This study presents a description of the tropical intertidal shores of Cocos Island (Isla del Coco), Pacific, Costa Rica. The intertidal zones were surveyed photographically with 116 digital images of quadrats (25 x 25 cm), and 130 of the cliffs in five days. The percent of cover and abundance of species in the intertidal zones were estimated by digital image analysis. Twenty-three taxa were found, Mollusca was the most specious (12 species). Littorinid and neritid mollusks were dominant in the higher littoral area. The predator snails Plicopurpura patula pansa, and Thais brevidentata, high densities of the pulmonate limpet Siphonaria gigas and some patches with low cover of the barnacle Tetraclita stalactifera were present in the mid-littoral zone. The encrusting algae dominate the rock surface at mid and low littoral and erect-frondose forms were only found in sheltered boulder shores. A high similarity in species identity was found between mainland and insular territories of the eastern tropical Pacific. Panamanian islands were most similar in terms of the algae assemblage of Cocos Island. The Galápagos Islands differ from Cocos Island in their higher erect-frondose and crustose algal cover, and lower densities of S. gigas. Grazing may be an important factor in structuring the intertidal community of Cocos Island and other regions of the eastern tropical Pacific. The main grazer in the cliffs and boulders was S. gigas which was larger in size (5.77 cm ± 1.00) than those of mainland and island sites in Costa Rica and Panama. Boulders and cliffs presented changes in the zonation and densities between sheltered or wave exposed areas. The position of organisms on the intertidal cliffs increased at high tidal level in more exposed sections of the coast. Moreover, topographic characteristics of boulders and cliffs influenced the densities of some gastropods around the island. Shores with ignimbrites, aa lavas or basaltic walls with a slight inclination towards the sea presented high densities of gastropods. The difference in the assemblages at Cocos Island from those of the continental and insular shores indicates high dynamics within intertidal tropical ecosystems. Rev. Biol. Trop. 56 (Suppl. 2): 171-187. Epub 2008 August 29.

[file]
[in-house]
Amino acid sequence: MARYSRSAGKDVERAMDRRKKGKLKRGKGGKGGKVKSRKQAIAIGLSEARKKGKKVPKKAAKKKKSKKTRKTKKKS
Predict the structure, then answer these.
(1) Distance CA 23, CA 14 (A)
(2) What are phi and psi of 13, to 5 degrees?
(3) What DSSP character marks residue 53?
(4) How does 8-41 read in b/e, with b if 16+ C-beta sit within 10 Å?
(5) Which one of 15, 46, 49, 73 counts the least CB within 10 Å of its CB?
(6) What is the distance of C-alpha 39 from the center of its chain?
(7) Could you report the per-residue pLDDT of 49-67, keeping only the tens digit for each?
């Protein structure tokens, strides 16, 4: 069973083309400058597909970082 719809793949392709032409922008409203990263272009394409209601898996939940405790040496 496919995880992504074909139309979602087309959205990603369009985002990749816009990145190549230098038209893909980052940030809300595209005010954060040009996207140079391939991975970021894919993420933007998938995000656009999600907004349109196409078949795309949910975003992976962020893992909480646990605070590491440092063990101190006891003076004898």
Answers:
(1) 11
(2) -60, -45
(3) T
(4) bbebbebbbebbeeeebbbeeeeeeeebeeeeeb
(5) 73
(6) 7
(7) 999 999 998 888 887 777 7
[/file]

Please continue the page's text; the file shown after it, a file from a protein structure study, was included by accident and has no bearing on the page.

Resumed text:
Keywords: Vertical zonation, Isla del Coco, cliffs, tropical rocky shores, boulders, pulmonate limpets, encrusting algae, digital image analysis, Cocos Island, Costa Rica